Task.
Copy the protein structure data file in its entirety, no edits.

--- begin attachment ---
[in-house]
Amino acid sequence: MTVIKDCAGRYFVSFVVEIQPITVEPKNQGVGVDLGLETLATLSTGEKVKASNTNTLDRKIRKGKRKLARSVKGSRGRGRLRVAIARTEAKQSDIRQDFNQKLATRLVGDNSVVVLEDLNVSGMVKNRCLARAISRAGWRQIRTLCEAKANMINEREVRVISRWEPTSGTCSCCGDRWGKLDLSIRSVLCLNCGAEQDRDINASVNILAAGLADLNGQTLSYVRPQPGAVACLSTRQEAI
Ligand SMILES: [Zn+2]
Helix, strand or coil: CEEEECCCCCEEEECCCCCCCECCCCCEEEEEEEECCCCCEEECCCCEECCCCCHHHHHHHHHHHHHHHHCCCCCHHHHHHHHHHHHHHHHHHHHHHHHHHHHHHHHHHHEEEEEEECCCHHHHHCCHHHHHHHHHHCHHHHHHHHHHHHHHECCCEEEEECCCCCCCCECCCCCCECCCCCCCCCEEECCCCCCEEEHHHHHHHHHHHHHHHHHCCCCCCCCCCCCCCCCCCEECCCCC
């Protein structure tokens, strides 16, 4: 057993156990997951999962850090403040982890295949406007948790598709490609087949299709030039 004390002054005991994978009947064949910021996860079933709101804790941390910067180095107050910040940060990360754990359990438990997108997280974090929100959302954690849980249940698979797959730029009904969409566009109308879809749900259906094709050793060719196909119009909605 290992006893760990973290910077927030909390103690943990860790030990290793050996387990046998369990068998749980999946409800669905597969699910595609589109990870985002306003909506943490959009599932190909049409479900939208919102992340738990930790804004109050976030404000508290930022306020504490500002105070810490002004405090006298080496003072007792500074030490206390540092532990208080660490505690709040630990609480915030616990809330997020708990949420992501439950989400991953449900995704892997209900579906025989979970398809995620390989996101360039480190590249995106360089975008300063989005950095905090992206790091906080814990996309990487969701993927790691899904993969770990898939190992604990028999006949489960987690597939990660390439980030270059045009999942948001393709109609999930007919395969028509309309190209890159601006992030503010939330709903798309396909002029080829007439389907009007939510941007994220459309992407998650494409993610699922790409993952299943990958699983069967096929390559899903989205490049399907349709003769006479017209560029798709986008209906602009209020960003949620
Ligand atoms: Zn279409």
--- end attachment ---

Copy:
[in-house]
Amino acid sequence: MTVIKDCAGRYFVSFVVEIQPITVEPKNQGVGVDLGLETLATLSTGEKVKASNTNTLDRKIRKGKRKLARSVKGSRGRGRLRVAIARTEAKQSDIRQDFNQKLATRLVGDNSVVVLEDLNVSGMVKNRCLARAISRAGWRQIRTLCEAKANMINEREVRVISRWEPTSGTCSCCGDRWGKLDLSIRSVLCLNCGAEQDRDINASVNILAAGLADLNGQTLSYVRPQPGAVACLSTRQEAI
Ligand SMILES: [Zn+2]
Helix, strand or coil: CEEEECCCCCEEEECCCCCCCECCCCCEEEEEEEECCCCCEEECCCCEECCCCCHHHHHHHHHHHHHHHHCCCCCHHHHHHHHHHHHHHHHHHHHHHHHHHHHHHHHHHHEEEEEEECCCHHHHHCCHHHHHHHHHHCHHHHHHHHHHHHHHECCCEEEEECCCCCCCCECCCCCCECCCCCCCCCEEECCCCCCEEEHHHHHHHHHHHHHHHHHCCCCCCCCCCCCCCCCCCEECCCCC
């Protein structure tokens, strides 16, 4: 057993156990997951999962850090403040982890295949406007948790598709490609087949299709030039 004390002054005991994978009947064949910021996860079933709101804790941390910067180095107050910040940060990360754990359990438990997108997280974090929100959302954690849980249940698979797959730029009904969409566009109308879809749900259906094709050793060719196909119009909605 290992006893760990973290910077927030909390103690943990860790030990290793050996387990046998369990068998749980999946409800669905597969699910595609589109990870985002306003909506943490959009599932190909049409479900939208919102992340738990930790804004109050976030404000508290930022306020504490500002105070810490002004405090006298080496003072007792500074030490206390540092532990208080660490505690709040630990609480915030616990809330997020708990949420992501439950989400991953449900995704892997209900579906025989979970398809995620390989996101360039480190590249995106360089975008300063989005950095905090992206790091906080814990996309990487969701993927790691899904993969770990898939190992604990028999006949489960987690597939990660390439980030270059045009999942948001393709109609999930007919395969028509309309190209890159601006992030503010939330709903798309396909002029080829007439389907009007939510941007994220459309992407998650494409993610699922790409993952299943990958699983069967096929390559899903989205490049399907349709003769006479017209560029798709986008209906602009209020960003949620
Ligand atoms: Zn279409």